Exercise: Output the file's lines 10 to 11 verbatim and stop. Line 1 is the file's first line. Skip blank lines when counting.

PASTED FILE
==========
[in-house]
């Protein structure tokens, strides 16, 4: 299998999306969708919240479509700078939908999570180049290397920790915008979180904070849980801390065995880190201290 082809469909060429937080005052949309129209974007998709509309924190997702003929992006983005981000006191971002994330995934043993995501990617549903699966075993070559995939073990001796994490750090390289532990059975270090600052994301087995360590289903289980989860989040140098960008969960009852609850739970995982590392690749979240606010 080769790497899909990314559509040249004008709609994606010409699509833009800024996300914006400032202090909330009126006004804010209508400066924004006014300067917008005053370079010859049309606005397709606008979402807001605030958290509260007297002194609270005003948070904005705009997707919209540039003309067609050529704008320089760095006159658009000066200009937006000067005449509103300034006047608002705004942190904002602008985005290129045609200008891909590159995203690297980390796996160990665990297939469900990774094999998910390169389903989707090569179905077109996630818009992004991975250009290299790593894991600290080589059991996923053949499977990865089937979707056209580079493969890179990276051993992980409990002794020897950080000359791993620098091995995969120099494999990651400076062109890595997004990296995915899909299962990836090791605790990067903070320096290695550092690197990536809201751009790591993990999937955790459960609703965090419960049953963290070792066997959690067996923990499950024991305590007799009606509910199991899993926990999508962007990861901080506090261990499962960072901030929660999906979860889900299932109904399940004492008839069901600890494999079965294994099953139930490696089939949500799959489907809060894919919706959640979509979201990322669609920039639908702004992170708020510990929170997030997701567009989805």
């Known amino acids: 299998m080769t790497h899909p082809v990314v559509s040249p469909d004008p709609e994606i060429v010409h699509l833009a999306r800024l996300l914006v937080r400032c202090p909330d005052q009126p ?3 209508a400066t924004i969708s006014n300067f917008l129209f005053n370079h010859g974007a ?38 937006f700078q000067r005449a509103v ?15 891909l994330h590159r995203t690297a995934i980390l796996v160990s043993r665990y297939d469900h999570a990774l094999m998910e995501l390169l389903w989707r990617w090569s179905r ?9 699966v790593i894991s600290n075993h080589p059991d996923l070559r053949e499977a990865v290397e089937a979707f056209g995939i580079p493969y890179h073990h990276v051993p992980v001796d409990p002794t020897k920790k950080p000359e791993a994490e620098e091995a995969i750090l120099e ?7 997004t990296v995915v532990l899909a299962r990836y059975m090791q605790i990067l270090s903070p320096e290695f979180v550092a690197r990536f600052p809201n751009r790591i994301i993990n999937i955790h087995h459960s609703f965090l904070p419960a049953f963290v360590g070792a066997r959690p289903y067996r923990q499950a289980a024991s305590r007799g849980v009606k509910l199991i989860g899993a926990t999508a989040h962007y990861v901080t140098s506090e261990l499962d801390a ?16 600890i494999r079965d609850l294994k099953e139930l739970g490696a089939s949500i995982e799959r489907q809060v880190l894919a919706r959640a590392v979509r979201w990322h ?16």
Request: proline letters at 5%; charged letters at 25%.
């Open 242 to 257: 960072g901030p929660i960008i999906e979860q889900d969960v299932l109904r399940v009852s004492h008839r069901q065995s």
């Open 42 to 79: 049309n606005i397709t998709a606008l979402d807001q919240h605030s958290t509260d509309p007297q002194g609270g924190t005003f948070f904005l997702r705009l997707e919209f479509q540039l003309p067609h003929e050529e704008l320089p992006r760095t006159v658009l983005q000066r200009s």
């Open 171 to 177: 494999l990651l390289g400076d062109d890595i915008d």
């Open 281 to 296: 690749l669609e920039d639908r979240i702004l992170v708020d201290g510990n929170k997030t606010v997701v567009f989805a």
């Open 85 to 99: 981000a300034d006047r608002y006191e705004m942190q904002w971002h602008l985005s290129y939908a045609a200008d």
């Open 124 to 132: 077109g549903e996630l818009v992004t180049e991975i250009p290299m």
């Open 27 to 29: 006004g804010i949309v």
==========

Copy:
């Open 124 to 132: 077109g549903e996630l818009v992004t180049e991975i250009p290299m």
């Open 27 to 29: 006004g804010i949309v």